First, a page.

Staphylococcus epidermidis is involved in a mechanism for female reproduction in mice

Chihiro Ono, Manabu Yoshida, Natsuko Kawano, Kenji Miyado, Akihiro Umezawa

Research output: Contribution to journalArticlepeer-review

2 Citations (Scopus)


Both external and internal surfaces of organs (e.g., skin, mouth, gut, and intestine) are covered with bacteria, which often contribute to physiological events in host animals. Despite externally opened organs, the presence of bacteria in the mammalian female reproductive tract is uncertain. Here we assessed this problem using wild-type strains of mice, C57BL/6N and ICR. We first demonstrated that bacterial colonies were formed from the oviductal fluid in the C57BL/6N mice with birth experience ("parous"), but not in the mice without birth experience ("non-parous"). Sequence analysis of 16S ribosomal RNA (rRNA) revealed that Staphylococcus epidermidis existed in the oviductal fluid of the parous mice, confirmed by immunohistochemical analysis. Furthermore, extinction of bacterial population with intraperitoneal injection of antibiotics, penicillin G and streptomycin, disturbed the regularly implanted pattern of embryos in ICR mice. Our results indicate that symbiotic S.epidermidis plays a role in interaction between embryo and uterus upon implantation in mice.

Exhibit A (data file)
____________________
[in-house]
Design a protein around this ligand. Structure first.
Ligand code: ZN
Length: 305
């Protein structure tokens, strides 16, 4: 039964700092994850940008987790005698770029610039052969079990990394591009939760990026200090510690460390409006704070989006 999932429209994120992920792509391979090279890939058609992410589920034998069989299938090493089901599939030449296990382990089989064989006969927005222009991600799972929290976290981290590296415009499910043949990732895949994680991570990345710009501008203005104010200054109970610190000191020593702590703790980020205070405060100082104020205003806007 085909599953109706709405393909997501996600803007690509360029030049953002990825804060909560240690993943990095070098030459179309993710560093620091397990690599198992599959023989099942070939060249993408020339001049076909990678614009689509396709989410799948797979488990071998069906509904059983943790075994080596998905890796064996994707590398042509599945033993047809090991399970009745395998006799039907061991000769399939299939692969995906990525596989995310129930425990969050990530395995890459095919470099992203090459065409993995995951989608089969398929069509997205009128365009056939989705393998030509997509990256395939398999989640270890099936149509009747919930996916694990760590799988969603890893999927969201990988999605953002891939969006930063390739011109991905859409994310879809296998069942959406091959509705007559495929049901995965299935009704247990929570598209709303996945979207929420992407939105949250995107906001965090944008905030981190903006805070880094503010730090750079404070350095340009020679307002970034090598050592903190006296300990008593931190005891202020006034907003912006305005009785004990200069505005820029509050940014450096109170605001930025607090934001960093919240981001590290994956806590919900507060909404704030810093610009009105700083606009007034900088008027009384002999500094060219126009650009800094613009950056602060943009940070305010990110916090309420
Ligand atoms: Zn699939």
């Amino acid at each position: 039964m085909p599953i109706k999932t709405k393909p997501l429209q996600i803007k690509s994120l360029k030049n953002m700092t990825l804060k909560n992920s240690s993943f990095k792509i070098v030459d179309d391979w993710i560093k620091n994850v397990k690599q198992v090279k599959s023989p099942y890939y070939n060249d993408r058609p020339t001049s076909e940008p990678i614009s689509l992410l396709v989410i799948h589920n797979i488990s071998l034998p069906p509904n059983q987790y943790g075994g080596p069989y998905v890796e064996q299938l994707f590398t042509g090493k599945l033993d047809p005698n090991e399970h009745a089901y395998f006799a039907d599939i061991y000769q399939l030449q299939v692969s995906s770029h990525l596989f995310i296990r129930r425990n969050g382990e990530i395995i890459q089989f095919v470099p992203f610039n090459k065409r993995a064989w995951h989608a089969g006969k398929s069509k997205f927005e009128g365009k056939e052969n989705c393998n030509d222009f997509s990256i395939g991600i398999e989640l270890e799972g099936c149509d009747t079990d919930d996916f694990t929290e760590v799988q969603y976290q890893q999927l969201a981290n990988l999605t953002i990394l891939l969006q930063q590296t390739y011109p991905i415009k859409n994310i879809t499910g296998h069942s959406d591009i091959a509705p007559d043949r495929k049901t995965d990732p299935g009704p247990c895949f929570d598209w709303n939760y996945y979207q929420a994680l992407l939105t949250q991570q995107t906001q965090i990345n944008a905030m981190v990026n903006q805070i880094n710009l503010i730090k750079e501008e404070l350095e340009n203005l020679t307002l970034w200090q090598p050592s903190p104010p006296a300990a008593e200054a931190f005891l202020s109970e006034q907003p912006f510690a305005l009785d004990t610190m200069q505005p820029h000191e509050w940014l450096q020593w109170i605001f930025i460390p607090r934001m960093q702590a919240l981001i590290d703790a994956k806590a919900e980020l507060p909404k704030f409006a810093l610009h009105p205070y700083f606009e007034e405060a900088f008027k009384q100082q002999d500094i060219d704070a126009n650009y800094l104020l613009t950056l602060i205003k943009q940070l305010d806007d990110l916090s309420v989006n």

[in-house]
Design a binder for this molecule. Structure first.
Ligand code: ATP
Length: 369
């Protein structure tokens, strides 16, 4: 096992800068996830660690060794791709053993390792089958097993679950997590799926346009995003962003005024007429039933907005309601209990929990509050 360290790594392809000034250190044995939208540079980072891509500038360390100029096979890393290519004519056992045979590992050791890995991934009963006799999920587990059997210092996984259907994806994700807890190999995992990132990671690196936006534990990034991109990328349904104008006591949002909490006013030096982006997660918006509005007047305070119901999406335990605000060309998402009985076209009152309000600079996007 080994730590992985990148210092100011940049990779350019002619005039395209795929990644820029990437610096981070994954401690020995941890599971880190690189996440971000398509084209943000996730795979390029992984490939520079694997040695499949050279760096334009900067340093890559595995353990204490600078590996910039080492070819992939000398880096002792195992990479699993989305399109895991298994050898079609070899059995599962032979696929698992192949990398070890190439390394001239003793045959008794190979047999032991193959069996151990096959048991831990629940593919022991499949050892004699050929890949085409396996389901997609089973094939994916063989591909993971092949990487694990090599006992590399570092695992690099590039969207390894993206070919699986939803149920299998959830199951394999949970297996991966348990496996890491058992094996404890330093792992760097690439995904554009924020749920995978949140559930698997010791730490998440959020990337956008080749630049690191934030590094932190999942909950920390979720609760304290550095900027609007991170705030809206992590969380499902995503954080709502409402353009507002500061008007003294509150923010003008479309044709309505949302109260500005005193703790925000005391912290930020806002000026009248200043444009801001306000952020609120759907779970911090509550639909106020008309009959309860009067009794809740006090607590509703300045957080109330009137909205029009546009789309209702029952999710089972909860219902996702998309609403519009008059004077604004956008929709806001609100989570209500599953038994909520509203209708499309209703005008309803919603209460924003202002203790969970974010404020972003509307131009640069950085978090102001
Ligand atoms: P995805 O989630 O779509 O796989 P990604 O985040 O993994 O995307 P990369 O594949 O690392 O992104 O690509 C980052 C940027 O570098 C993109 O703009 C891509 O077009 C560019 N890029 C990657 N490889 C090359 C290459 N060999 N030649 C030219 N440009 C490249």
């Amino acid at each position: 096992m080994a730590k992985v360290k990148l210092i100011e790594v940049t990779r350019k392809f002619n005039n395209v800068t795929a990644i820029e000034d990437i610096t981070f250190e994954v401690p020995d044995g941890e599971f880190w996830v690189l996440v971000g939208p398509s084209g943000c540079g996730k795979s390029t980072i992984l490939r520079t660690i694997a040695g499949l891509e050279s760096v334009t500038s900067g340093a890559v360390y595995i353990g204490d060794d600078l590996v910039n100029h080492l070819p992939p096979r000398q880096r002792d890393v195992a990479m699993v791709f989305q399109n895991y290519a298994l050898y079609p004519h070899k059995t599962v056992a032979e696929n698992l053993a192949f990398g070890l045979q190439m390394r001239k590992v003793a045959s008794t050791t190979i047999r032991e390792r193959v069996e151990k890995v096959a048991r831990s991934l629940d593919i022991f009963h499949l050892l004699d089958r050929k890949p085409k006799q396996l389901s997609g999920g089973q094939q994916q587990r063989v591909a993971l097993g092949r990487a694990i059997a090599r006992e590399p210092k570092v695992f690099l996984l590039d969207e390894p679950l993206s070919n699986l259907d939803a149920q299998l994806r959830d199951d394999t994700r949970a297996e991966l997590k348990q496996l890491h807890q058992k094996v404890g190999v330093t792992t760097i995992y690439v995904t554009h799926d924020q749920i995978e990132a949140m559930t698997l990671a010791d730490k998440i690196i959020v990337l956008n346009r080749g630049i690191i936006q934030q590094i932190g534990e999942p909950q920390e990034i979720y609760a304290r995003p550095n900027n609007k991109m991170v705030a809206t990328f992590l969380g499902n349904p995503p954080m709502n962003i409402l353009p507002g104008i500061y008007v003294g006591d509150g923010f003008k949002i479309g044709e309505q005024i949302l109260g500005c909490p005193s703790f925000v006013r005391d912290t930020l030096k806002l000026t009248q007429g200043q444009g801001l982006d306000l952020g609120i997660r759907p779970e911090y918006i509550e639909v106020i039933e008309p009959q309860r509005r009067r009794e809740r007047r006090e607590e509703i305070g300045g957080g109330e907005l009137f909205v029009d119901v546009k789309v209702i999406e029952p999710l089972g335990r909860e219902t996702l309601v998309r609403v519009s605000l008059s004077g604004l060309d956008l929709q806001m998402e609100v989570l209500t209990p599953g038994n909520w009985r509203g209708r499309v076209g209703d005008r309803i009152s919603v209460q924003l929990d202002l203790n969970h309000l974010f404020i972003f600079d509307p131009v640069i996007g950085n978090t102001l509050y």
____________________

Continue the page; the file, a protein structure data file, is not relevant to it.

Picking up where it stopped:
Original languageEnglish
Pages (from-to)11-17
Number of pages7
JournalRegenerative Therapy
Publication statusPublished - 1 Jun 2015


  • Female reproduction
  • Staphylococcus aureus
  • Staphylococcus epidermidis
  • Symbiosis


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